Recommended 6 Layer PCB stack-up
Layer 1 (Top) - i.MX28 location - signal + ground plane fill
Layer 2 (Inner1) - complete ground plane, no signal traces
Layer 3 (Inner2) - power plane + few signal traces if necessary
Layer 4 (Inner3) - signal
Layer 5 (Inner4) - complete ground plane, no signal traces
Layer 6 (bottom) - signal + ground plane fill
2PCB Planes
2.1 Ground Plane
Use at least one internal ground plane. It is recommend to use a solid ground plane without splits for analog
and digital GND planes. This allows for a continuous GND plane and helps to avoid radiated emissions,
ESD, and noise problems that result from signal traces crossing plane splits.
2.2 Power Planes
Split the power plane layer into separate VDDD (digital core), VDDA (analog supply), and VDDIO
(digital I/O supply) power planes. The example layout below shows a VDDD and VDDIO plane split.
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i.MX28 Layout and Design Guidelines, Rev. 0
Freescale Semiconductor 3
PMU and DC-DC Converter
2.3 Chassis Ground Ring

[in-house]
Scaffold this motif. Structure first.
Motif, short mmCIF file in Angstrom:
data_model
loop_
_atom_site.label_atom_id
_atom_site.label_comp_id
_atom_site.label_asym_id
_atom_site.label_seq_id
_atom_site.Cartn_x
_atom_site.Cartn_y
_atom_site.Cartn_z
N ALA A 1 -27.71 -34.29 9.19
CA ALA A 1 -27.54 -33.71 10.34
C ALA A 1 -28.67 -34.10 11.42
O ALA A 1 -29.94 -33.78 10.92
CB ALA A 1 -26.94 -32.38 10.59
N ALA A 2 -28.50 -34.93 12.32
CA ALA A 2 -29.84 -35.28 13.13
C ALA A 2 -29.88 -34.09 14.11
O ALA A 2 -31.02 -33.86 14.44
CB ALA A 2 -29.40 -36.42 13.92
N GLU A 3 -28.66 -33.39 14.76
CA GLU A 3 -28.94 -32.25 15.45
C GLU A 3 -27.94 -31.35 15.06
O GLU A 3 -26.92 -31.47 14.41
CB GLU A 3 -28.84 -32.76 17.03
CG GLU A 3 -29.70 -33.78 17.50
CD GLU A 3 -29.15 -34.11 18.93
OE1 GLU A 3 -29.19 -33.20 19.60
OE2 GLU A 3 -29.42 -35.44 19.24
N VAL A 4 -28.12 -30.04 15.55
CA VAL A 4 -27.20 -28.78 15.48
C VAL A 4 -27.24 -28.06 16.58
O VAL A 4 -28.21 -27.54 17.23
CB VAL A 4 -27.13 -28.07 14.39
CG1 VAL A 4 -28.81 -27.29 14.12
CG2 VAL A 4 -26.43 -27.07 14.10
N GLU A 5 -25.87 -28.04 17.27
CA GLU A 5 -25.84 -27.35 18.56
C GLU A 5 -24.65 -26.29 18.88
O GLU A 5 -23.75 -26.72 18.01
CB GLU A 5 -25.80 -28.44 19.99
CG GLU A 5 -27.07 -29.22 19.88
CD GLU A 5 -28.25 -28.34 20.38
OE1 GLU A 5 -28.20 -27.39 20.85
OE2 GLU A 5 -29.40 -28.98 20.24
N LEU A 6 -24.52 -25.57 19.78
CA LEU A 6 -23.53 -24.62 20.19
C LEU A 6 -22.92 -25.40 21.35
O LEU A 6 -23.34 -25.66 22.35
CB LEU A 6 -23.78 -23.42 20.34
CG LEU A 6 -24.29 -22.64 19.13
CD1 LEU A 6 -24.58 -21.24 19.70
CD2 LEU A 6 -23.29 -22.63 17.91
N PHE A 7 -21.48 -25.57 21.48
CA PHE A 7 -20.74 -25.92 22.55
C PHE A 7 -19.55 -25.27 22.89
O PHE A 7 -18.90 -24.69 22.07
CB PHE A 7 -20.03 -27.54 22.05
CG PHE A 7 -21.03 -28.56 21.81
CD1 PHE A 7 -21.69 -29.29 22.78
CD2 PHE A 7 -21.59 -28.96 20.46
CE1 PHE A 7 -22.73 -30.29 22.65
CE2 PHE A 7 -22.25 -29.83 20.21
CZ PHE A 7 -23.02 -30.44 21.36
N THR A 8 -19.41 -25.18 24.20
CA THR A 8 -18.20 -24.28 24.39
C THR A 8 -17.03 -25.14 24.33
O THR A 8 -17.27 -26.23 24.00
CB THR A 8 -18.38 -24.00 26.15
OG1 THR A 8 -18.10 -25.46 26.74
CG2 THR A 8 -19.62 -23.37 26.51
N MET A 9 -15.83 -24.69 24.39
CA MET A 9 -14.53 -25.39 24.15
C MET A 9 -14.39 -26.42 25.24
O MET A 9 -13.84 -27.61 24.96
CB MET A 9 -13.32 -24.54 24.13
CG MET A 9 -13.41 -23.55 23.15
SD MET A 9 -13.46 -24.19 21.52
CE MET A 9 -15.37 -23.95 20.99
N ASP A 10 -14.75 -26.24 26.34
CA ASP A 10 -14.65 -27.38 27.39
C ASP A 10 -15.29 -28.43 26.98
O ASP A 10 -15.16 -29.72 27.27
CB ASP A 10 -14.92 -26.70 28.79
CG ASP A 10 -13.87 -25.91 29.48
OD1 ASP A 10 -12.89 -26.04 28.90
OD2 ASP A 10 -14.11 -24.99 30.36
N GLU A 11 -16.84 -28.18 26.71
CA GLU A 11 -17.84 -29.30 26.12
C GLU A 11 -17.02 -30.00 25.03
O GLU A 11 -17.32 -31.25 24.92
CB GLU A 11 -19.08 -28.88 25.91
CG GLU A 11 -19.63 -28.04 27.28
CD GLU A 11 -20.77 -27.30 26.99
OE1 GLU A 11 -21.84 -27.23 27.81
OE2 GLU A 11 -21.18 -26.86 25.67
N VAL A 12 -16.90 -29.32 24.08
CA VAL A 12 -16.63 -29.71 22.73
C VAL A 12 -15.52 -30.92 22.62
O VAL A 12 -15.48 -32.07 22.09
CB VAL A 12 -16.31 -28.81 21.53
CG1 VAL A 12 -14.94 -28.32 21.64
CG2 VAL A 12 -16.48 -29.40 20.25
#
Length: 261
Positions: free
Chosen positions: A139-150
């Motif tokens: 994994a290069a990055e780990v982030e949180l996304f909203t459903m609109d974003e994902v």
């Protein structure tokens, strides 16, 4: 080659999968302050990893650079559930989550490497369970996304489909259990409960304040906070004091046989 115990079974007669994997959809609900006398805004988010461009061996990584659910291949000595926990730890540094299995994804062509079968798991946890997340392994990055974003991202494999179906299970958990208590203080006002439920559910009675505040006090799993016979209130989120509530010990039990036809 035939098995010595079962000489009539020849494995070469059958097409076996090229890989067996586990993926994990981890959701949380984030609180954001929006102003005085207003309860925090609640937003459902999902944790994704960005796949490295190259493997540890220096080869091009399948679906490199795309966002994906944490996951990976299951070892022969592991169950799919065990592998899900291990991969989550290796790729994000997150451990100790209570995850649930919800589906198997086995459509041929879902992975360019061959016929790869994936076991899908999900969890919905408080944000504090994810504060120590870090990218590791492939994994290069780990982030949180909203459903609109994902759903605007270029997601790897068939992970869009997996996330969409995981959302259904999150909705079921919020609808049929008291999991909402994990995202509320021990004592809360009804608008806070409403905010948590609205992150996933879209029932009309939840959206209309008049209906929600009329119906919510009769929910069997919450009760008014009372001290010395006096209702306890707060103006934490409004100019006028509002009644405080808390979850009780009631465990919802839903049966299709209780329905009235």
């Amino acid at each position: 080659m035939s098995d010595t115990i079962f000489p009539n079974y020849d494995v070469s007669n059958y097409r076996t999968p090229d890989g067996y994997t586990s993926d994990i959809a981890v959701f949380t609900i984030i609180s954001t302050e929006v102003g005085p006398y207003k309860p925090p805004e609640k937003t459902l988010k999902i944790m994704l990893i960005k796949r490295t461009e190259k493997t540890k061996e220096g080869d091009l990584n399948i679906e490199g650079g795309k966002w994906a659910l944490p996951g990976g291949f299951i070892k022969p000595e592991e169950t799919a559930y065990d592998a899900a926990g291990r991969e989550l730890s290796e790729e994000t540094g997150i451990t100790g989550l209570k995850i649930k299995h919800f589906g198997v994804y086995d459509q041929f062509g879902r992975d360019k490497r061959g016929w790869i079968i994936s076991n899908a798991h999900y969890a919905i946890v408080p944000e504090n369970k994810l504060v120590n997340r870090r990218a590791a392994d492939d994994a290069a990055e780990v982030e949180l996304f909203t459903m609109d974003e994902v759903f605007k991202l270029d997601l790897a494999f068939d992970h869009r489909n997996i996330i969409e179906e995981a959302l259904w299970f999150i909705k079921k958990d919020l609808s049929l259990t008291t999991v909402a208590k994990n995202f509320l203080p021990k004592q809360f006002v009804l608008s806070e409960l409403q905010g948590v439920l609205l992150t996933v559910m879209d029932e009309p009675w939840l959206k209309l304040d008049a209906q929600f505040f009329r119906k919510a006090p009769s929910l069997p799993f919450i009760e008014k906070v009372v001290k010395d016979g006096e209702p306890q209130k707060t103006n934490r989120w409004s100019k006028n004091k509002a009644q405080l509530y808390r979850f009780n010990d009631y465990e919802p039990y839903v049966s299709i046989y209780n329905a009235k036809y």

Create a chassis ground ring connecting the entire perimeter of the PCB. The purpose of this is to improve
ESD performance and help reduce radiated emissions. The chassis ground ring should be a minimum of
1.27 mm (50 mils) wide, if possible, and be routed on all layers with the rings stitched together with GND
vias. On top and bottom layers the solder mask should be cleared from the ground ring as shown below.
3 PMU and DC-DC Converter
The i.MX28 processor has an integrated power management unit (PMU) that includes a multi-channel
output DCDC converter. This section describes the important layout considerations for the PMU.
3.1 Vias
Use at least two ground vias immediately next to the DCDC_GND pin. The DCDC_GND pin
switches large amounts of current at a high frequency; decreasing the impedance to the ground
plane reduces DCDC converter noise and increases stability.
i.MX28 Layout and Design Guidelines, Rev. 0
4Freescale Semiconductor
PMU and DC-DC Converter
Make sure the DCDC_GND pin has a good low impedance connection to the other i.MX28 ground
pins. If a voltage difference is created between the DCDC_GND pin and the other i.MX28 VSS
pins, the system may be more susceptible to ESD failure.
The power inductor traces should be 15-20 mils thick and should not use vias. If for some reason
the power inductor cannot be placed on the same side of the PCB as the i.MX28, then multiple vias
should be used to connect the inductor to the i.MX28 DC-DC converter pins.
All vias used for the i.MX28 PMU power (VDD) and ground (VSS) pins, including the